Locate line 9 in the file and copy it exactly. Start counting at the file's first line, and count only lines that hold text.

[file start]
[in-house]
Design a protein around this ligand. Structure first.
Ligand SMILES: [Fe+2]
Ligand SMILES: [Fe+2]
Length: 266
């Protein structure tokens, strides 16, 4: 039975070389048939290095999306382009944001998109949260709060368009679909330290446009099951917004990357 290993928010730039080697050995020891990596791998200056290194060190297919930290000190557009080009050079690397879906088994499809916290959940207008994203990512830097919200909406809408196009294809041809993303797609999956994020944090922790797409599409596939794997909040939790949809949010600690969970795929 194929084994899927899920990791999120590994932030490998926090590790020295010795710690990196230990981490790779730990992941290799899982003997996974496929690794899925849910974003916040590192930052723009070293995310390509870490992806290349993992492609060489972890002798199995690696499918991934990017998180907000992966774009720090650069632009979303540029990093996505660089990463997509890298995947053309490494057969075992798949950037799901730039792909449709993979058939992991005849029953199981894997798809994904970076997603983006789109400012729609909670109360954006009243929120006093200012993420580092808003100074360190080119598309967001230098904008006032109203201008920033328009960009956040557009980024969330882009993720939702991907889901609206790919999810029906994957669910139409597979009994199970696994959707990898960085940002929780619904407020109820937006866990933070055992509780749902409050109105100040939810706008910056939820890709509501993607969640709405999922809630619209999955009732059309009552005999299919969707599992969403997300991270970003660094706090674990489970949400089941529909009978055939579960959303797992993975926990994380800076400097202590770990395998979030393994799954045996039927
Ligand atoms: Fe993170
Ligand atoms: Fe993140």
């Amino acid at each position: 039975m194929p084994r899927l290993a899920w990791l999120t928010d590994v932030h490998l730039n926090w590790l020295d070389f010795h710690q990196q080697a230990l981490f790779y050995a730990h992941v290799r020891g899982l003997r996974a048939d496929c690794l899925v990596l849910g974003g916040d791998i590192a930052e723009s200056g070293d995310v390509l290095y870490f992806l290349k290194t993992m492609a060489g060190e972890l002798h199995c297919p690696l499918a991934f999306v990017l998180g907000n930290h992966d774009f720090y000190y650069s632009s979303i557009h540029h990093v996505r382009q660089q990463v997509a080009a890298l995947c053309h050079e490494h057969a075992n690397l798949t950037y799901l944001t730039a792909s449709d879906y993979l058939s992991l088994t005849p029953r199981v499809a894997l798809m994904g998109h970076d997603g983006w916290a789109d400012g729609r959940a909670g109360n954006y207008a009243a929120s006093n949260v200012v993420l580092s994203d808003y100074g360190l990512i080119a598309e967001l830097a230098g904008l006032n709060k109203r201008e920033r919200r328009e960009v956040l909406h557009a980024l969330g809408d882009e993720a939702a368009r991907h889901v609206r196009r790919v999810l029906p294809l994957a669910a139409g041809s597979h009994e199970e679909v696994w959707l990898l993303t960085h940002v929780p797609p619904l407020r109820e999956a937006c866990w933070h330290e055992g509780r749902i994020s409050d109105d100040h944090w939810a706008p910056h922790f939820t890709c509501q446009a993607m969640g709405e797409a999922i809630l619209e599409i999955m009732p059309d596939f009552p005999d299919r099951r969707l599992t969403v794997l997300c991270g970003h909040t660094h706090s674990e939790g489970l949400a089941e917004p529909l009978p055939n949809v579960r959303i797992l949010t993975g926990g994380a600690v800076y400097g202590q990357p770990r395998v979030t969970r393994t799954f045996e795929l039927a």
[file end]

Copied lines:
């Amino acid at each position: 039975m194929p084994r899927l290993a899920w990791l999120t928010d590994v932030h490998l730039n926090w590790l020295d070389f010795h710690q990196q080697a230990l981490f790779y050995a730990h992941v290799r020891g899982l003997r996974a048939d496929c690794l899925v990596l849910g974003g916040d791998i590192a930052e723009s200056g070293d995310v390509l290095y870490f992806l290349k290194t993992m492609a060489g060190e972890l002798h199995c297919p690696l499918a991934f999306v990017l998180g907000n930290h992966d774009f720090y000190y650069s632009s979303i557009h540029h990093v996505r382009q660089q990463v997509a080009a890298l995947c053309h050079e490494h057969a075992n690397l798949t950037y799901l944001t730039a792909s449709d879906y993979l058939s992991l088994t005849p029953r199981v499809a894997l798809m994904g998109h970076d997603g983006w916290a789109d400012g729609r959940a909670g109360n954006y207008a009243a929120s006093n949260v200012v993420l580092s994203d808003y100074g360190l990512i080119a598309e967001l830097a230098g904008l006032n709060k109203r201008e920033r919200r328009e960009v956040l909406h557009a980024l969330g809408d882009e993720a939702a368009r991907h889901v609206r196009r790919v999810l029906p294809l994957a669910a139409g041809s597979h009994e199970e679909v696994w959707l990898l993303t960085h940002v929780p797609p619904l407020r109820e999956a937006c866990w933070h330290e055992g509780r749902i994020s409050d109105d100040h944090w939810a706008p910056h922790f939820t890709c509501q446009a993607m969640g709405e797409a999922i809630l619209e599409i999955m009732p059309d596939f009552p005999d299919r099951r969707l599992t969403v794997l997300c991270g970003h909040t660094h706090s674990e939790g489970l949400a089941e917004p529909l009978p055939n949809v579960r959303i797992l949010t993975g926990g994380a600690v800076y400097g202590q990357p770990r395998v979030t969970r393994t799954f045996e795929l039927a």